FAA certifies ROPS technology on A320 Family
Airbus has achieved Federal Aviation Administration (FAA) certification of its Runway Overrun Prevention System (ROPS) for the Airbus A320 Family, allowing for today’s delivery of the first A320 Family member featuring ROPS – an A319 to American Airlines. American has elected to equip all of its A320 Family fleet with Airbus’ ROPS. This on-board cockpit technology increases pilots’ situational awareness during landing, reduces exposure to runway excursion risk, and, if necessary, provides active protection. The European Aviation Safety Agency (EASA) certified ROPS on the A320ceo (current engine option) Family in August of this year.
Runway excursions are the number one cause of commercial aviation accidents in the world. The patented Airbus ROPS system computes minimum realistic in-flight landing and on-ground stopping distances and compares them to available landing distances in real time. The system combines data on weather, runway condition and topography, and aircraft weight and configuration. Depending on the resulting analysis, ROPS may prompt immediate callouts and alerts for pilots, assisting the crew in the go-around decision-making process and/or the timely application of stopping means on touchdown.
“We work every day to make the already safest mode of transportation in the world even safer, and we’re proud that the authorities and our customers realize the great advantages ROPS brings to commercial aviation,” said Yannick Malinge, Airbus’ Senior Vice President and Chief Product Safety Officer. “This latest certification and delivery marks a key landmark for this pioneering technology.”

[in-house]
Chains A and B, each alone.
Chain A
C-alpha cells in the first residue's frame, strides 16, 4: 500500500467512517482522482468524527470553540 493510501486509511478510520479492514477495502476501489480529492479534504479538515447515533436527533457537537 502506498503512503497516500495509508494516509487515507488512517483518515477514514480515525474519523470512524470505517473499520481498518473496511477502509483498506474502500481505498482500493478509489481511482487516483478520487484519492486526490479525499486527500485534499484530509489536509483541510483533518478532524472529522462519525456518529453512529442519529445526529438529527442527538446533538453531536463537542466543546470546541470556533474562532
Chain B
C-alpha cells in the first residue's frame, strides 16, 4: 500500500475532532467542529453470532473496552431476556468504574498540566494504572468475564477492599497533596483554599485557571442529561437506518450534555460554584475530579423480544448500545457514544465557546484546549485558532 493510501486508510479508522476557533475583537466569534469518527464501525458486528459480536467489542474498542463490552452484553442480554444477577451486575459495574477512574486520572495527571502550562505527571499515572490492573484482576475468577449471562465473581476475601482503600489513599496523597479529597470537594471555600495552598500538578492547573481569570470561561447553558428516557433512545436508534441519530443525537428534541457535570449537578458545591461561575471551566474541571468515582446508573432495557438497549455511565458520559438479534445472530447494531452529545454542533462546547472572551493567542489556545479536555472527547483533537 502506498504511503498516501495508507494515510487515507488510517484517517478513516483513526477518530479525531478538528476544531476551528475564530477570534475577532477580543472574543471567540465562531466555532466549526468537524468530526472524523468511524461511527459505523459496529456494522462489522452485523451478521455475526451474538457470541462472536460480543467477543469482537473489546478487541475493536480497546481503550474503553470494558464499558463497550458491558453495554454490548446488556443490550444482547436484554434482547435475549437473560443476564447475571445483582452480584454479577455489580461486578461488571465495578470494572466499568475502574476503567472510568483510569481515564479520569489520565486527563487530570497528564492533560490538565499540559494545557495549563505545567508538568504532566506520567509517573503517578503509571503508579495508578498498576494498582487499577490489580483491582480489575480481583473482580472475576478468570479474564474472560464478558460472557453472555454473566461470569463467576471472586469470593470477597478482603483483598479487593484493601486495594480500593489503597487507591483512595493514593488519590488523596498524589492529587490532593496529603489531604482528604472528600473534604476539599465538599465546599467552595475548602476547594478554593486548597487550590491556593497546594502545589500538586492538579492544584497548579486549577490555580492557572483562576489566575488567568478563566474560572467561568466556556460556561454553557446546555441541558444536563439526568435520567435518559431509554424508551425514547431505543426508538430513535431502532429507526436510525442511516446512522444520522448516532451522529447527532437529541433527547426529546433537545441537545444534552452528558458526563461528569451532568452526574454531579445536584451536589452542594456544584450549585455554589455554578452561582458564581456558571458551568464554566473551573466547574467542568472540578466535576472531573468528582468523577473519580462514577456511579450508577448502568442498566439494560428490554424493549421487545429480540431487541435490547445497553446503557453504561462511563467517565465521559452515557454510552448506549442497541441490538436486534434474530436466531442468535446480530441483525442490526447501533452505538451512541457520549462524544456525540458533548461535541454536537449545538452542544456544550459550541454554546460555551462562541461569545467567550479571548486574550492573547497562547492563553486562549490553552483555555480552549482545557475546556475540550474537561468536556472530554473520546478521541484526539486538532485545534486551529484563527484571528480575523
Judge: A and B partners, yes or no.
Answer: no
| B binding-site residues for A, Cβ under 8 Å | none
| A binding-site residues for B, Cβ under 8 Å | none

“For more than 85 years, our top priority at American has been safety of our customers and our people,” said Capt. John Hale, Vice President – Flight for American Airlines. “We are proud to be the worldwide pioneer of ROPS on our A319 and A321 aircraft. Certification by the global authorities of commercial aviation is a testament to their belief in this system and the multi-tiered benefit it will bring to our airline as well as the industry.”
ROPS was first approved by EASA on the A380 in 2009, and to date is currently in service or ordered on most of the worldwide A380 fleet. In 2011, the National Transportation Safety Board (NTSB) recommended to the FAA that it “actively pursue with aircraft and avionics manufacturers the development of technology to reduce or prevent runway excursions and, once it becomes available, require that the technology be installed” (A-11-28). ROPS is part of the A350 XWB’s basic configuration. In addition, Airbus is working to make ROPS commercially available for aircraft from other manufacturers. Yet another benefit of the system is one outside of safety – airlines save money by reducing their insurance premiums for all aircraft featuring ROPS.
It was announced earlier this month that the Airbus team responsible for the design and implementation of ROPS has been nominated as a finalist for an Aviation Week Laureate Award, with the winner to be named in March 2014.